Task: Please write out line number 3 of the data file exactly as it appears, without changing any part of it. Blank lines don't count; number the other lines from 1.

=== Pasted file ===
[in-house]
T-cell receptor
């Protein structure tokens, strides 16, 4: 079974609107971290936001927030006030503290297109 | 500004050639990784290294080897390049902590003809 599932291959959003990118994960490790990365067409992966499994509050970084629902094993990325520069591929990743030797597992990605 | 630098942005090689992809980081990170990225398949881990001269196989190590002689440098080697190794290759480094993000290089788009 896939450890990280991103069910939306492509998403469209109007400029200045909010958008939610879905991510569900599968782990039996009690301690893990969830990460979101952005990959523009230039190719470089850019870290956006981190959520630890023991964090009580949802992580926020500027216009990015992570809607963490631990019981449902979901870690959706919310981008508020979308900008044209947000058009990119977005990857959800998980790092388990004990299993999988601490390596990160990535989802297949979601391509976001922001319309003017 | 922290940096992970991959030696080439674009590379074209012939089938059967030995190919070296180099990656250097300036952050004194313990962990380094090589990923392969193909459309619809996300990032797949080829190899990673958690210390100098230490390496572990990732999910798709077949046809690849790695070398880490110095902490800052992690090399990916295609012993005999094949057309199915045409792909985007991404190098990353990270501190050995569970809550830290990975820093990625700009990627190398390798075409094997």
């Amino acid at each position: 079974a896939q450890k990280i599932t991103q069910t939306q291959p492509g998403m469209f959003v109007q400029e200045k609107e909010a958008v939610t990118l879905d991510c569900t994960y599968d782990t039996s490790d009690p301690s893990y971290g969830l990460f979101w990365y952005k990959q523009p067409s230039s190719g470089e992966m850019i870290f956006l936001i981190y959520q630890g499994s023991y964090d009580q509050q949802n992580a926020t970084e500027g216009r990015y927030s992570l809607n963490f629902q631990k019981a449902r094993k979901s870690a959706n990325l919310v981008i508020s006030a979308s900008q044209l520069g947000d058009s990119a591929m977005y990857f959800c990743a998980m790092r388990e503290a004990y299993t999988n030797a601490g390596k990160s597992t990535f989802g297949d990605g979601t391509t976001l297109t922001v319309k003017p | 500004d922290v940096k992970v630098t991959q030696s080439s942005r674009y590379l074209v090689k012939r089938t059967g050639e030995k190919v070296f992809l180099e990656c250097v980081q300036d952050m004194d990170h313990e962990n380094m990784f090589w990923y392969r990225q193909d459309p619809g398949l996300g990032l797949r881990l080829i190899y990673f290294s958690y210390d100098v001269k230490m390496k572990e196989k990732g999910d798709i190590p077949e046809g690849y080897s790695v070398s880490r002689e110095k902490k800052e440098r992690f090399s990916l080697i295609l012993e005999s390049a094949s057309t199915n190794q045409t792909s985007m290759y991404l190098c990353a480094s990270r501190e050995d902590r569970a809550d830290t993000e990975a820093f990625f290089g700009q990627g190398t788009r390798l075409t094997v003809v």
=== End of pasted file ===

């Protein structure tokens, strides 16, 4: 079974609107971290936001927030006030503290297109 | 500004050639990784290294080897390049902590003809 599932291959959003990118994960490790990365067409992966499994509050970084629902094993990325520069591929990743030797597992990605 | 630098942005090689992809980081990170990225398949881990001269196989190590002689440098080697190794290759480094993000290089788009 896939450890990280991103069910939306492509998403469209109007400029200045909010958008939610879905991510569900599968782990039996009690301690893990969830990460979101952005990959523009230039190719470089850019870290956006981190959520630890023991964090009580949802992580926020500027216009990015992570809607963490631990019981449902979901870690959706919310981008508020979308900008044209947000058009990119977005990857959800998980790092388990004990299993999988601490390596990160990535989802297949979601391509976001922001319309003017 | 922290940096992970991959030696080439674009590379074209012939089938059967030995190919070296180099990656250097300036952050004194313990962990380094090589990923392969193909459309619809996300990032797949080829190899990673958690210390100098230490390496572990990732999910798709077949046809690849790695070398880490110095902490800052992690090399990916295609012993005999094949057309199915045409792909985007991404190098990353990270501190050995569970809550830290990975820093990625700009990627190398390798075409094997």